regards fred
  10. meyer22288

    meyer22288 PlowSite.com Addict
    Messages: 1,003

    My dad has a 2001 chevy 3500 with a 8ft dump bed. He runs a 8ft meyer plow on it. Its way to small. a 9ft is the way to go with a dually. The truck plows great when plowing roads and parking lots. Once we get to the drivways then its a real Pain in the neck to plow with. But the truck does get the smallest drivway done which is really small. pumpkin:
  11. farmertim

    farmertim Member
    Messages: 95

    Plowing with dump body

    If you go with a dump check into one with removable sides which will give you more visibility.
    As for the duals, it takes more room but you get use to it but 9' is the minumum you want for a blade or V plow.
    Anything else and you are right next to your windrow and any branches trees ect you are plowing next to.
    I have a one ton and after 2 years in the Northwoods on strictly narrow residental drives I have little bed left and will go to a flat bed probably this year instead of fixing the normal pickup bed again.
    PS I had a regular bed 3/4 ton before and the bed was in the same shape, but we have extremely tight drives up here, with beautiful leaning trees, till it snows anyway.
  12. snowjoker

    snowjoker Senior Member
    Messages: 283

    Have you considered a dump trailer for hauling material instead of a dump truck? It would save you alot of money and you could also have a truck that would be good in driveway situations. Otherwise go with a 9 footer on the 3500. As for motor the Duramax is a good motor if you want to pay for it payup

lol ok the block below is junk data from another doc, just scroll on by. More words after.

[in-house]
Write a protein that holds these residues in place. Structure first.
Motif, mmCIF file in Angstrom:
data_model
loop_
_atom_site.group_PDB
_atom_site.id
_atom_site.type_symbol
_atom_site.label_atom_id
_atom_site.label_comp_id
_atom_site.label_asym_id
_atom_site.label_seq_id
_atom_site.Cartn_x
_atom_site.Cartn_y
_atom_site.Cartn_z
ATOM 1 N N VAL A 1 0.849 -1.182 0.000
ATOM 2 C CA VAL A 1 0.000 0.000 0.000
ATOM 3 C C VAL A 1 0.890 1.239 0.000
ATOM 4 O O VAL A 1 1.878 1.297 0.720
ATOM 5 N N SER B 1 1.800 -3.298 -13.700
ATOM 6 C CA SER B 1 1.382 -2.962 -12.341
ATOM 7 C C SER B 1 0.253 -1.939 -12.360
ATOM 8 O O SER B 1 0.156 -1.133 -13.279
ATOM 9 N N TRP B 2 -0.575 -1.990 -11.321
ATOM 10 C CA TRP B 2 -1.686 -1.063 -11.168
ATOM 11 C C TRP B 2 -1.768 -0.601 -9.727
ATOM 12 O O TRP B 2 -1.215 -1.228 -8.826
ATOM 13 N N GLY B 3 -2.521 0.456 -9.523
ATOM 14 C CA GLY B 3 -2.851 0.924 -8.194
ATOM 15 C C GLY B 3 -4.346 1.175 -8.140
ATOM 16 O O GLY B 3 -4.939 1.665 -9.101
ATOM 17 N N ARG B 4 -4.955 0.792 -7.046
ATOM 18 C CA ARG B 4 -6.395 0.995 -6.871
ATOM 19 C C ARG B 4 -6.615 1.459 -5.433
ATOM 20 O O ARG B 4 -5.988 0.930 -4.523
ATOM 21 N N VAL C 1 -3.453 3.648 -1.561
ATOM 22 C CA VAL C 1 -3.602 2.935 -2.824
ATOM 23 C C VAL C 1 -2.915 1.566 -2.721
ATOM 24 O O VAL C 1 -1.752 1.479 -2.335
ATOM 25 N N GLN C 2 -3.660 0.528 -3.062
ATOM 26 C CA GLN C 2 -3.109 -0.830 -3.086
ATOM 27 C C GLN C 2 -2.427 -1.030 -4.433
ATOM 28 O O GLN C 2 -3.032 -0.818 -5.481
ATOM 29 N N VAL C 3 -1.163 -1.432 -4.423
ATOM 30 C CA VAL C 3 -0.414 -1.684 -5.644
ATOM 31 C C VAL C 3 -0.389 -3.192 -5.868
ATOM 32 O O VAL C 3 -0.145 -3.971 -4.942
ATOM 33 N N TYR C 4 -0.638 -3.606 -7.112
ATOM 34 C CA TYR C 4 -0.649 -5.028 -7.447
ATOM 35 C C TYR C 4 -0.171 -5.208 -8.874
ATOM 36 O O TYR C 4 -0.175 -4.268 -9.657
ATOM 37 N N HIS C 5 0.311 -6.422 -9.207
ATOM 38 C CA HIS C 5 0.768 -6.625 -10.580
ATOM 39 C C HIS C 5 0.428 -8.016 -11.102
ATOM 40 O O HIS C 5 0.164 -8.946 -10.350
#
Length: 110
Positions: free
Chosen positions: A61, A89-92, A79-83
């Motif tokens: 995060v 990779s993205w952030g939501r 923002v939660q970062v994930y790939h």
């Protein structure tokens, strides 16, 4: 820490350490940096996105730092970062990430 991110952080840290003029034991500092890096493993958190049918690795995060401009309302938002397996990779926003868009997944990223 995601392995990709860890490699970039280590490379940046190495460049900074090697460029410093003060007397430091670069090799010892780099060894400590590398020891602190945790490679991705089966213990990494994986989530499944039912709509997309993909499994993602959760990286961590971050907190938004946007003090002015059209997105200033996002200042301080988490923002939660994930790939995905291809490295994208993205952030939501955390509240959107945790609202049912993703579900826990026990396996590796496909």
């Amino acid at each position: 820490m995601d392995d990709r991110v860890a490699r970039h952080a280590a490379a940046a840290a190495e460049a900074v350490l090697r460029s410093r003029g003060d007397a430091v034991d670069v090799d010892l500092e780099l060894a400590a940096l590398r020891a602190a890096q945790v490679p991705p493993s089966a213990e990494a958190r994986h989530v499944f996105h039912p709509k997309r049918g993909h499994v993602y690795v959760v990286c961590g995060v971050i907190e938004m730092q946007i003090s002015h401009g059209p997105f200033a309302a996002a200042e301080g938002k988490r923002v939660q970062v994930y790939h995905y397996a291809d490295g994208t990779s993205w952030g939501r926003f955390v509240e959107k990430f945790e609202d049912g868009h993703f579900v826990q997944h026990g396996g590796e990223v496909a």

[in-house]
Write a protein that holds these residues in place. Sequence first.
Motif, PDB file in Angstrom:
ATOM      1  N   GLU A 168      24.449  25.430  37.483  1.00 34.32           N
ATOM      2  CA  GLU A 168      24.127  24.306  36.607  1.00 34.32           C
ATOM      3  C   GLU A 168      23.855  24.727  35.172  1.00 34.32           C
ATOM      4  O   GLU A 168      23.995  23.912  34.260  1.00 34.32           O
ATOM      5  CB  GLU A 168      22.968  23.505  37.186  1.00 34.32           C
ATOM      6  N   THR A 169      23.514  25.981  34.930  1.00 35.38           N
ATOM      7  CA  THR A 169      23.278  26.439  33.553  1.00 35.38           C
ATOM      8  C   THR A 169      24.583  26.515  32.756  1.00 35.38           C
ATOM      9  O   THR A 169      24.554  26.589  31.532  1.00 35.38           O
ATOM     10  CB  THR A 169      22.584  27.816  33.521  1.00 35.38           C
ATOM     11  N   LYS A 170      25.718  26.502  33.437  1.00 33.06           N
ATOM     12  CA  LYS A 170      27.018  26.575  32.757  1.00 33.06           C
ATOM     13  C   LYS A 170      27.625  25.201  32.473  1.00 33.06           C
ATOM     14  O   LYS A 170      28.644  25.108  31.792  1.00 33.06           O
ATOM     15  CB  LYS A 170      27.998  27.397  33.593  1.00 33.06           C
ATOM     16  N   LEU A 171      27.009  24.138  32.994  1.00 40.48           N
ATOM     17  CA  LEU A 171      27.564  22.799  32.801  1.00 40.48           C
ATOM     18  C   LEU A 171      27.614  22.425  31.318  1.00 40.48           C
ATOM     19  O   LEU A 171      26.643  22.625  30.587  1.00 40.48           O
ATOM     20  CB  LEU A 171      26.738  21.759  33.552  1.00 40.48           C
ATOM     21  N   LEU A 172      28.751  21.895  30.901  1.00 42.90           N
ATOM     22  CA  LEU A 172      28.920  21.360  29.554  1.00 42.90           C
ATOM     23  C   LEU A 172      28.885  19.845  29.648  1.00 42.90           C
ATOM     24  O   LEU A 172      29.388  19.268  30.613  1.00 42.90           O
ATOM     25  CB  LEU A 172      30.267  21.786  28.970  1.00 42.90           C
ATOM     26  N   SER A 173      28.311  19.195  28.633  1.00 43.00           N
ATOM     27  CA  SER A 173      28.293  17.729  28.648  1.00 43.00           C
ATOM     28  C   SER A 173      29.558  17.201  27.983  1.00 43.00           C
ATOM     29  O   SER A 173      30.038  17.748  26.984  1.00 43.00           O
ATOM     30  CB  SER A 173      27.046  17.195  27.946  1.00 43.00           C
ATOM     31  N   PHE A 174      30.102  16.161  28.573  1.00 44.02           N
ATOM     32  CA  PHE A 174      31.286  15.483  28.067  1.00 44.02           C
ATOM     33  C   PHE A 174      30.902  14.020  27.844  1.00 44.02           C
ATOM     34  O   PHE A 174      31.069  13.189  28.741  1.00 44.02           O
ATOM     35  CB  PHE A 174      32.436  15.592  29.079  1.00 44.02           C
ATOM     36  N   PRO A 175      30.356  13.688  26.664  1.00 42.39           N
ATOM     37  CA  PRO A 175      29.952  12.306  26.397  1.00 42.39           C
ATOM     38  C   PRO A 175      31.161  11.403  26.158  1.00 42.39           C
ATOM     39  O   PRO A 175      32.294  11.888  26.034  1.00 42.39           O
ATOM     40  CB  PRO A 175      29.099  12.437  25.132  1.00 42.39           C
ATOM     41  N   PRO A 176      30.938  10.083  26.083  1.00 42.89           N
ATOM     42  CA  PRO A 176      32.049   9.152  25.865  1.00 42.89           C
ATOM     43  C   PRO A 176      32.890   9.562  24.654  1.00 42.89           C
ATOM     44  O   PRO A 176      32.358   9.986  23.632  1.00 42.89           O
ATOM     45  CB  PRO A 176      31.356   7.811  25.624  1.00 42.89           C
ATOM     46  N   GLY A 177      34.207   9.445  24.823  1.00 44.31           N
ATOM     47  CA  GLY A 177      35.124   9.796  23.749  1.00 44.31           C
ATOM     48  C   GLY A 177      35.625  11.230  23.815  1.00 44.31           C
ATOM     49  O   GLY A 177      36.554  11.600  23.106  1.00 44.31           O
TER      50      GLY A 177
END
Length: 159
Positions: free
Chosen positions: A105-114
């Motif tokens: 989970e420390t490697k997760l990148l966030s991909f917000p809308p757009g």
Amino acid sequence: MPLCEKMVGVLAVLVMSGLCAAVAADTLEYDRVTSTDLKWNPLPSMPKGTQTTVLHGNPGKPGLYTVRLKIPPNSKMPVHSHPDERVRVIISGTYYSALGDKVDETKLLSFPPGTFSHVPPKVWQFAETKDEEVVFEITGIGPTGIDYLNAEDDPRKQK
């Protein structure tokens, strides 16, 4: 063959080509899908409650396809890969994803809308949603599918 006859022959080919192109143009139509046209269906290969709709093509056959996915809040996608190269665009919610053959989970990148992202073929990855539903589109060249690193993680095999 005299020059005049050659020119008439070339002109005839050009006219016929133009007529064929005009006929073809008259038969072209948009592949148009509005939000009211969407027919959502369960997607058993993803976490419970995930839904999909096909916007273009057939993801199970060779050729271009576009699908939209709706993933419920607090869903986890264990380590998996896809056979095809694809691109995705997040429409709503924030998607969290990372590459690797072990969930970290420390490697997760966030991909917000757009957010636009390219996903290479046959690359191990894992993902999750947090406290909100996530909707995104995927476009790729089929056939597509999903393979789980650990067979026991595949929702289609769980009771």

13. wxmn6

    wxmn6 PlowSite.com Addict
    Messages: 1,037

    I agree with snowjoker's idea. I think that a dump trailer would be a great idea if you are going to making some hauling occusionally. There are several reasons why I think that dump trailer would be the way to go than a dump tuck. With a dump trailer, you can haul much more loads at once. Most dual axle dump trailers that is suitable for one ton truck would comes with GVWR ranging from 7,000# through 12,000#. That is alot more load than one ton dump truck can handle by itself. Also it usually is cheaper to buy a dump trailer (I would image). So with a truck without a dump behind the cab, the truck will look nicer and have less weight on it when driving which would reduce wear and tear, and also more importantly, reduce in fuel consuming. You also would have no blocked rear vision which will really help when plowing at night and backing up. You perhap could be able to stay with SRW instead of DRW which would really help when plowing residential. Also there are siginificantly less chance of getting the truck scratched or dented when dealing with loads like dump trucks.